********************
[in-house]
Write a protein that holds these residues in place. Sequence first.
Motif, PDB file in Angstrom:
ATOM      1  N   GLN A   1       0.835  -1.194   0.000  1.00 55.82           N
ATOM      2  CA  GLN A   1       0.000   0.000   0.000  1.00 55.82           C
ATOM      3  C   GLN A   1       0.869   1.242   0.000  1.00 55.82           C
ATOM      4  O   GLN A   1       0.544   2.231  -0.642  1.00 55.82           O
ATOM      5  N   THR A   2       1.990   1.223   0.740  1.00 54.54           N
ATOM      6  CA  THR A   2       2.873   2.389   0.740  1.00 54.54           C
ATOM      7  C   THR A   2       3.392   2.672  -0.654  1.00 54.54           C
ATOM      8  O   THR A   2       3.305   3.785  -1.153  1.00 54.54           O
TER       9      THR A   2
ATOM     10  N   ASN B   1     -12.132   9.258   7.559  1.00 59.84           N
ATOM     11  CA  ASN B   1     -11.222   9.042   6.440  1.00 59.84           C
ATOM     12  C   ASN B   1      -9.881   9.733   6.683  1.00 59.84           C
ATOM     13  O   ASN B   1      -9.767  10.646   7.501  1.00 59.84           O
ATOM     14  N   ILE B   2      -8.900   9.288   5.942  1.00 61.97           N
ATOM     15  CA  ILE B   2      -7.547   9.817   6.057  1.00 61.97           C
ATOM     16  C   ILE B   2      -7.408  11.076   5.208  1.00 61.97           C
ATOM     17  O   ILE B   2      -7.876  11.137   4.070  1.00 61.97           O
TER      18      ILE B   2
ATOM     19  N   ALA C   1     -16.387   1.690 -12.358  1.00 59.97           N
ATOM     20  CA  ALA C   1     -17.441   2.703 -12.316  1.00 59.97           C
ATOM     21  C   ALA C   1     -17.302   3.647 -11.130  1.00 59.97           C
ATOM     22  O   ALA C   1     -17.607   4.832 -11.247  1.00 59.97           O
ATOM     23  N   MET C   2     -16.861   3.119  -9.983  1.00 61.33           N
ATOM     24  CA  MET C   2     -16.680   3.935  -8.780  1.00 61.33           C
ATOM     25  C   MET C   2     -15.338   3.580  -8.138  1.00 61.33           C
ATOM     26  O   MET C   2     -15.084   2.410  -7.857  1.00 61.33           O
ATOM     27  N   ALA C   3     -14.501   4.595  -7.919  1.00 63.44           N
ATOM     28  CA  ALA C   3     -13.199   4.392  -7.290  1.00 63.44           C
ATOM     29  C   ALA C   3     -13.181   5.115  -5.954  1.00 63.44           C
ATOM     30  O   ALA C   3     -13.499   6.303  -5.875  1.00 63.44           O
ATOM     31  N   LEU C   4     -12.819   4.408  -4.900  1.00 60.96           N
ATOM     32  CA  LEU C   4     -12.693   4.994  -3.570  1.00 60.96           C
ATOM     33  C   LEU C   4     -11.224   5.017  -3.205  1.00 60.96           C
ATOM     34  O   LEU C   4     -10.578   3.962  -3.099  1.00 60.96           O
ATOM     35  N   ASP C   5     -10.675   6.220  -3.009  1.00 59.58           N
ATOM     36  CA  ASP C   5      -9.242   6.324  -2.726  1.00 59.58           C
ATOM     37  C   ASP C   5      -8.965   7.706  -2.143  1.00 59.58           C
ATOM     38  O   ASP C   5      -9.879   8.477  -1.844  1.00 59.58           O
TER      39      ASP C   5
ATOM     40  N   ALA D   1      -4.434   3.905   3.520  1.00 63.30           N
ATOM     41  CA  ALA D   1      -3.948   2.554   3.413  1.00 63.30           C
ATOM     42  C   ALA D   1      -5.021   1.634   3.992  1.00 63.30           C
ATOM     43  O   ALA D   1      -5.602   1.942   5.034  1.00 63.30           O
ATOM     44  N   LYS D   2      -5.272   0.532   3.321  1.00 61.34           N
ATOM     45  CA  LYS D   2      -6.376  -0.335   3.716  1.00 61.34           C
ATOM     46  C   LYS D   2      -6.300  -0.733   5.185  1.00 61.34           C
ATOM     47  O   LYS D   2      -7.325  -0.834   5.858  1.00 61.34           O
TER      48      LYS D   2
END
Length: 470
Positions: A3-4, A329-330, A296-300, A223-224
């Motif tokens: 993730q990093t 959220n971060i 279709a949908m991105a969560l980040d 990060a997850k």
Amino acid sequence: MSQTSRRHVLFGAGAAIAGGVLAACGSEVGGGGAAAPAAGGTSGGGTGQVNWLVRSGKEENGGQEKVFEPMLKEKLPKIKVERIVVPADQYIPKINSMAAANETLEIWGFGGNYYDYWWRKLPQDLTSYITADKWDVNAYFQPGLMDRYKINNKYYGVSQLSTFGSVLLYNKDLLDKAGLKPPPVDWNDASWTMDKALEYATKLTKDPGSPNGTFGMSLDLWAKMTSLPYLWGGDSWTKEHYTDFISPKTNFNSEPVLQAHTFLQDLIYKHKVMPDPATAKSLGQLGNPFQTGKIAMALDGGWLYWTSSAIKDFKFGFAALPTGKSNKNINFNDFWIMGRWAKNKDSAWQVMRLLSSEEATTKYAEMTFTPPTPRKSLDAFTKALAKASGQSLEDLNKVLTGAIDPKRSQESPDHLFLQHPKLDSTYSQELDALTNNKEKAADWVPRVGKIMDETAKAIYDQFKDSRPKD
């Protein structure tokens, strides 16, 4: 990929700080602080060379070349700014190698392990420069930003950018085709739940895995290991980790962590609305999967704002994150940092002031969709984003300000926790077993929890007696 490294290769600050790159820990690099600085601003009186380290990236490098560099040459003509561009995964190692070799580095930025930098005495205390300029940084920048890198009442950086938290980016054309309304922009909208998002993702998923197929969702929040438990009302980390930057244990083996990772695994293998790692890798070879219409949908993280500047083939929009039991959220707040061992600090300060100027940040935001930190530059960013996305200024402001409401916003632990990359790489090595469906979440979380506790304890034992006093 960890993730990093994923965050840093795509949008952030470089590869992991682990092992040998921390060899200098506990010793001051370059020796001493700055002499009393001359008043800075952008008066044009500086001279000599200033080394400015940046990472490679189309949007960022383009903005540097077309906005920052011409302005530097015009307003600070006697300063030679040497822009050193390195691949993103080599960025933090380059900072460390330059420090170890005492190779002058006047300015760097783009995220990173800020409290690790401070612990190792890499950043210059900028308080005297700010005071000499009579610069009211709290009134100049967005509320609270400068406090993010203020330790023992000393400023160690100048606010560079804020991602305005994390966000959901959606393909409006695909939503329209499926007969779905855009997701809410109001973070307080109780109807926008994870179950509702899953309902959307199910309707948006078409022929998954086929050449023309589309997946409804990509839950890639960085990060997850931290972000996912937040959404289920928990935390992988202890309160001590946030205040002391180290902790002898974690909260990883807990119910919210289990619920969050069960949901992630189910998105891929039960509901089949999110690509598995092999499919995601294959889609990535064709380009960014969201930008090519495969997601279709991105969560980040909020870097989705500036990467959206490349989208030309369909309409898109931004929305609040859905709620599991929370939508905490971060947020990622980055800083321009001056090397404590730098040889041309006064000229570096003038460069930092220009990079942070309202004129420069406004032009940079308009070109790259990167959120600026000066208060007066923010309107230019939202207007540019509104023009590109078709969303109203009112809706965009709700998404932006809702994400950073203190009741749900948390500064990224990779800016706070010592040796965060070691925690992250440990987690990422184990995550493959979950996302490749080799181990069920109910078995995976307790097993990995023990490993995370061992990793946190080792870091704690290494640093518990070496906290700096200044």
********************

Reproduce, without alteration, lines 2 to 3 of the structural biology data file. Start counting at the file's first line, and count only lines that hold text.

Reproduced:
Write a protein that holds these residues in place. Sequence first.
Motif, PDB file in Angstrom: